Translation: Anton Hein, ReligionNewsBlog.com
The Ministry of Finance and the Tax Department have, with regard to the Scientology Church, wobbled on their policy for much too long. So says M. van Overbeeke professor in fiscal rights at the Vrije Universiteit Amsterdam.
“It is high time that the ministry [of finance] is going to act more forcefully and says: this is not at all a church, but merely a commercial enterprise. And that fiscally they from now on are to be treated as a commercial institution,” says Van Overbeeke, who among other things is specialized in the relationships between churches and the tax department.
“Scientology purposely positioned itself in the grey area between a church and an enterprise, and that area simply asks for clarity. As a government you can put this on the back burner for a long time, but there comes a time when you have to solve it. The finance minister is qualified to finally make a singular decision: we, the Dutch State, consider Scientology to be a business, not a church. No doubt they would take legal steps [against such a decision], but that is of later concern.”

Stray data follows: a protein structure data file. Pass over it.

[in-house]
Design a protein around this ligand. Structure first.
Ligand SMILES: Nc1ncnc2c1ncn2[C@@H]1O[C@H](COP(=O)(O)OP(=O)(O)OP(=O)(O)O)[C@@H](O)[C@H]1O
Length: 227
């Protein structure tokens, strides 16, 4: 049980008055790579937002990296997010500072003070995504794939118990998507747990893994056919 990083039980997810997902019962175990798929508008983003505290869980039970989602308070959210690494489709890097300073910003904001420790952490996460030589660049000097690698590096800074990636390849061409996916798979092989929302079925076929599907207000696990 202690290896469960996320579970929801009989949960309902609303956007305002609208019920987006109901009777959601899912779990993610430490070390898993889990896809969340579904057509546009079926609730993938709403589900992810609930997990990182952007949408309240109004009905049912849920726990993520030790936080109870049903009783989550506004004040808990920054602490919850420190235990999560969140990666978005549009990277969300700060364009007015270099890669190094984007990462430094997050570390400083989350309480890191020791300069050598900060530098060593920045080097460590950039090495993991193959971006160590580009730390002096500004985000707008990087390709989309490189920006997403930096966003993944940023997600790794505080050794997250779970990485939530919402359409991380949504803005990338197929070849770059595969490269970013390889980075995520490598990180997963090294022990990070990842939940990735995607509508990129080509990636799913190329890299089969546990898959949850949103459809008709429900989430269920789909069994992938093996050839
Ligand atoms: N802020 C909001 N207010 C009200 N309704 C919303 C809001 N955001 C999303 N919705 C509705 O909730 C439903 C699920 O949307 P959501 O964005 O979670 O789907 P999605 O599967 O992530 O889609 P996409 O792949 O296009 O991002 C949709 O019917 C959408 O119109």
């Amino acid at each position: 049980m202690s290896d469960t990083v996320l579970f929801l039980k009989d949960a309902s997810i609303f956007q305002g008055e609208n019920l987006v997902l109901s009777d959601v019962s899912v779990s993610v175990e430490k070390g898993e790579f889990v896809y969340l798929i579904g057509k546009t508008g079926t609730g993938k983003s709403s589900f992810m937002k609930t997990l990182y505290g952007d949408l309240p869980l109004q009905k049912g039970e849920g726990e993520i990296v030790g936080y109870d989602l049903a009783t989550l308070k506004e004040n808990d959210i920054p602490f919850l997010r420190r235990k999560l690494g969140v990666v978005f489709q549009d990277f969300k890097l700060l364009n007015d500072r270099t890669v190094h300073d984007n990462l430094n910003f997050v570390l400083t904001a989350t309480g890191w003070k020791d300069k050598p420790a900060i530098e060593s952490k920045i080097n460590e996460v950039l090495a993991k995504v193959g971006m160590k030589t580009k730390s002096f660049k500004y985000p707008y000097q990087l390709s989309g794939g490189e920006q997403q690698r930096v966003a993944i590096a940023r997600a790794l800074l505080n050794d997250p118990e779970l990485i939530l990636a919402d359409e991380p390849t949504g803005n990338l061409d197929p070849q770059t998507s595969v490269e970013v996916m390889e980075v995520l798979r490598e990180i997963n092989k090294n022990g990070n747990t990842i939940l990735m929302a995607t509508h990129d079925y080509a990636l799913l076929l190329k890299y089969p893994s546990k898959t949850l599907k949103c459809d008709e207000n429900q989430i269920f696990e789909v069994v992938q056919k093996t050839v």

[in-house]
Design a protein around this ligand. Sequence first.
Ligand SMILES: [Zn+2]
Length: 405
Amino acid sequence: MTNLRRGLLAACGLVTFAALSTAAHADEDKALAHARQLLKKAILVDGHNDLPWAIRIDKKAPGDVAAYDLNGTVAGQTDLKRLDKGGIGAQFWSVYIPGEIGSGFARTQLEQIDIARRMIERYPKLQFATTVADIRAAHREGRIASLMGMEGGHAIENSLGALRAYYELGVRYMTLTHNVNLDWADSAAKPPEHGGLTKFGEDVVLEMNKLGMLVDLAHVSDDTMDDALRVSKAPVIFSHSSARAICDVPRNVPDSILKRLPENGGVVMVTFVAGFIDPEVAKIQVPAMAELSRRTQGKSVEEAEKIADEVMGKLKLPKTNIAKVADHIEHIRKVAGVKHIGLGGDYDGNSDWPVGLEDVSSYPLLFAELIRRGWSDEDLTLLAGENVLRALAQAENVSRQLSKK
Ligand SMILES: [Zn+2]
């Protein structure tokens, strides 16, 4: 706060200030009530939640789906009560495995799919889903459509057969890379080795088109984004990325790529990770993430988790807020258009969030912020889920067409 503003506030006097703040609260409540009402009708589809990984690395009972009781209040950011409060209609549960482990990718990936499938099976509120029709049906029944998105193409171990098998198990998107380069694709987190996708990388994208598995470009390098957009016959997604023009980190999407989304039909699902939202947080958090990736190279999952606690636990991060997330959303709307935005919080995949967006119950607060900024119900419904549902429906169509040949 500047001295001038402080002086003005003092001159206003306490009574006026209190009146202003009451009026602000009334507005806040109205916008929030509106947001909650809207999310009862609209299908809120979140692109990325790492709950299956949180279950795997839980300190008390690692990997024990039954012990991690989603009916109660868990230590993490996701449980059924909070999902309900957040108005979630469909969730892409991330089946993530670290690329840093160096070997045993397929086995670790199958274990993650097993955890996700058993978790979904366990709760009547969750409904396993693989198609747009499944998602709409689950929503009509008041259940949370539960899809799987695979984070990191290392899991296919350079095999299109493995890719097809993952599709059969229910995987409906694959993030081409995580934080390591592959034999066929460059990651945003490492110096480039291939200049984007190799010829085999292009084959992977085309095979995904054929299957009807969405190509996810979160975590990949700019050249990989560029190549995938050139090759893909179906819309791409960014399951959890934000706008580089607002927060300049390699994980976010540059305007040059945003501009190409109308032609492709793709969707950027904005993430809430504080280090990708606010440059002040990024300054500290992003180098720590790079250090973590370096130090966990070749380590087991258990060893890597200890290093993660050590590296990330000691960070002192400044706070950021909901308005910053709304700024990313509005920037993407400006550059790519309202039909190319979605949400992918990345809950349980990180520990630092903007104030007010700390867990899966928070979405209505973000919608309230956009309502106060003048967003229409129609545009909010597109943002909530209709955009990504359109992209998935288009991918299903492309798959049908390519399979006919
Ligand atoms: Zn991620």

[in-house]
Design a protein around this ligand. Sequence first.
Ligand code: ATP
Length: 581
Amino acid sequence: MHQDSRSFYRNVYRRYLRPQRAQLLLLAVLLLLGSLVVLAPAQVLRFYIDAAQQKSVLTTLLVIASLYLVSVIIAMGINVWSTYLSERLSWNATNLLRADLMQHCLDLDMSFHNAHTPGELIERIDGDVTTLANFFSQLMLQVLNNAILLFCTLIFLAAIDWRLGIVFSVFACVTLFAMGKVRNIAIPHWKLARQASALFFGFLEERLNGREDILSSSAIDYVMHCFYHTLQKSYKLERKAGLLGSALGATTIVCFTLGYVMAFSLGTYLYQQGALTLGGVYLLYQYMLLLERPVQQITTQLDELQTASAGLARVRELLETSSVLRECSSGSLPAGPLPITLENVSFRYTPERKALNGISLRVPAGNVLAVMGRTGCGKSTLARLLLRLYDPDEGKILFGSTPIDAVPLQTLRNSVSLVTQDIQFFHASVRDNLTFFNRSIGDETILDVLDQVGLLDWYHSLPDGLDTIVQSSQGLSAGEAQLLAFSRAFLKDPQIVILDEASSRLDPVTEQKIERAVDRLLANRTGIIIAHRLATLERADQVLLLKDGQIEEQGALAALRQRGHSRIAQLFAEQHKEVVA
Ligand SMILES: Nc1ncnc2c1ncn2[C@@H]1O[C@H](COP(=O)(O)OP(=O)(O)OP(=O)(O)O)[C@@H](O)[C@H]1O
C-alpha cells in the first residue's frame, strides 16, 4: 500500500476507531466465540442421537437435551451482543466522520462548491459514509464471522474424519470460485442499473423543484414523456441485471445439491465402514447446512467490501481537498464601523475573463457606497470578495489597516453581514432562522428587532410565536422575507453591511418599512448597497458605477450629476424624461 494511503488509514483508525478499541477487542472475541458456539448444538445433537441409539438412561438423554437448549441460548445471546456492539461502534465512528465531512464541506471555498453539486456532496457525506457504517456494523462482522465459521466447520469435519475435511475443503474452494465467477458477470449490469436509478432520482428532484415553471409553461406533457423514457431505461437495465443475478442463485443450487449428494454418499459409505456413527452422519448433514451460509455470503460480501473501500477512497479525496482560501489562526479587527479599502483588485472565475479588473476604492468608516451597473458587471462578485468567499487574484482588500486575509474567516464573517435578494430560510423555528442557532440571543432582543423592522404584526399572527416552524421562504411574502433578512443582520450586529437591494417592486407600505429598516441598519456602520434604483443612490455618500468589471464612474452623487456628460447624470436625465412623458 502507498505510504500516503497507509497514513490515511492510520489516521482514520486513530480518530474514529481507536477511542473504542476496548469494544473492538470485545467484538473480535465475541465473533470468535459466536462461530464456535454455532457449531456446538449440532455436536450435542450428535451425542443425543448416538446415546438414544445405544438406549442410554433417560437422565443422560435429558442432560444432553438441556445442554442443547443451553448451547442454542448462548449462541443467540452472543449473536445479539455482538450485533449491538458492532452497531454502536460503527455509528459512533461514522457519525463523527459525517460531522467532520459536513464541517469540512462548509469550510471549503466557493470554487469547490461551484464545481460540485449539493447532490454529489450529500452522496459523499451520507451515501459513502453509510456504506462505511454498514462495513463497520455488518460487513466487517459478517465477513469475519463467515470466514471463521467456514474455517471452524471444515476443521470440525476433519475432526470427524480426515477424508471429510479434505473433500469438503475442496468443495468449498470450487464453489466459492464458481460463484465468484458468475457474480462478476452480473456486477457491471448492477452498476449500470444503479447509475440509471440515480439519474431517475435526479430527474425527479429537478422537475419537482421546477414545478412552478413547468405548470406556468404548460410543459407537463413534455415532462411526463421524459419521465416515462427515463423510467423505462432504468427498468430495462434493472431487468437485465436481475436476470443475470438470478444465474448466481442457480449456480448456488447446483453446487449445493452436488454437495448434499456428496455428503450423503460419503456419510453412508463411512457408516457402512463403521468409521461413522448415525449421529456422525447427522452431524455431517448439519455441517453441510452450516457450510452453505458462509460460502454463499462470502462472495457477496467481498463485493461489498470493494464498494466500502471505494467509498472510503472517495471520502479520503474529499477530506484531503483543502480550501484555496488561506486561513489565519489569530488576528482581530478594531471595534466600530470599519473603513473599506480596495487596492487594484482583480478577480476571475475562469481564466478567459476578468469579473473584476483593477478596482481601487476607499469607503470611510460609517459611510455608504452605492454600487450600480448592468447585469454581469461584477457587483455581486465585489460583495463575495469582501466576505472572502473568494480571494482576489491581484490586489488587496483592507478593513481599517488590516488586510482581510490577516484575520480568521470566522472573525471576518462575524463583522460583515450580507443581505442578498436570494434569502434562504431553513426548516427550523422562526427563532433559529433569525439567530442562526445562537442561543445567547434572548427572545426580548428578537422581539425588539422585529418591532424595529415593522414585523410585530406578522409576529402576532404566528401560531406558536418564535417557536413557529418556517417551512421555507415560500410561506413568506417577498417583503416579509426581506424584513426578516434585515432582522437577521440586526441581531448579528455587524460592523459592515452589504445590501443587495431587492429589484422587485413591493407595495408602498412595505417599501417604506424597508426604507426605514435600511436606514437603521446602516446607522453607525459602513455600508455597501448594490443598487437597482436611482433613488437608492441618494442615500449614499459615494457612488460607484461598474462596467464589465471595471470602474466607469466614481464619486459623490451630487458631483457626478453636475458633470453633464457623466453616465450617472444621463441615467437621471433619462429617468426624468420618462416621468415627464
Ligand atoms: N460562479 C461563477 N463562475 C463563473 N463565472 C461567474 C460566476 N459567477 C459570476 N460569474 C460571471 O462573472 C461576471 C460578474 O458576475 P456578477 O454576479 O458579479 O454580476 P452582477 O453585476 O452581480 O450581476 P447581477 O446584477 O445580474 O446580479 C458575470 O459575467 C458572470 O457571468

Since the seventies, the Scientology Kerk Amsterdam steadfastly presents itself to the tax department and the public as a ‘religion’ and a ‘church’ that (just like traditional churches) would be entitled to tax exemption.
Over the years, the Ministry of Finance, the Tax Department and tax judges have strongly varied the way they have handled this issue: sometimes they have considered Scientology to be a church, and other times a commercial business.
“That wobbling is due to the fact that tax inspectors and judges aren’t always constant in their opinions. Sometimes they are bamboozled by fine stories regarding freedom of religion. Sometimes it is difficult to determine where the line is between a commercial institution that pretends to be a church, and a genuine church. That is why there is a need for clarity,” according to the academic.
Every once in a while, churches that do not use such exorbitant rates as employed by Scientology, are taxed. “Monasteries that brew beer, for example. In that case the monastery is not taxed, but the brewery is. But Scientology is another story altogether. At the most, it is five percent church and for the rest a commercial institution that charges money for services – and not a little bit either.”
The Ministry of Finance does not want to respond to this issue.
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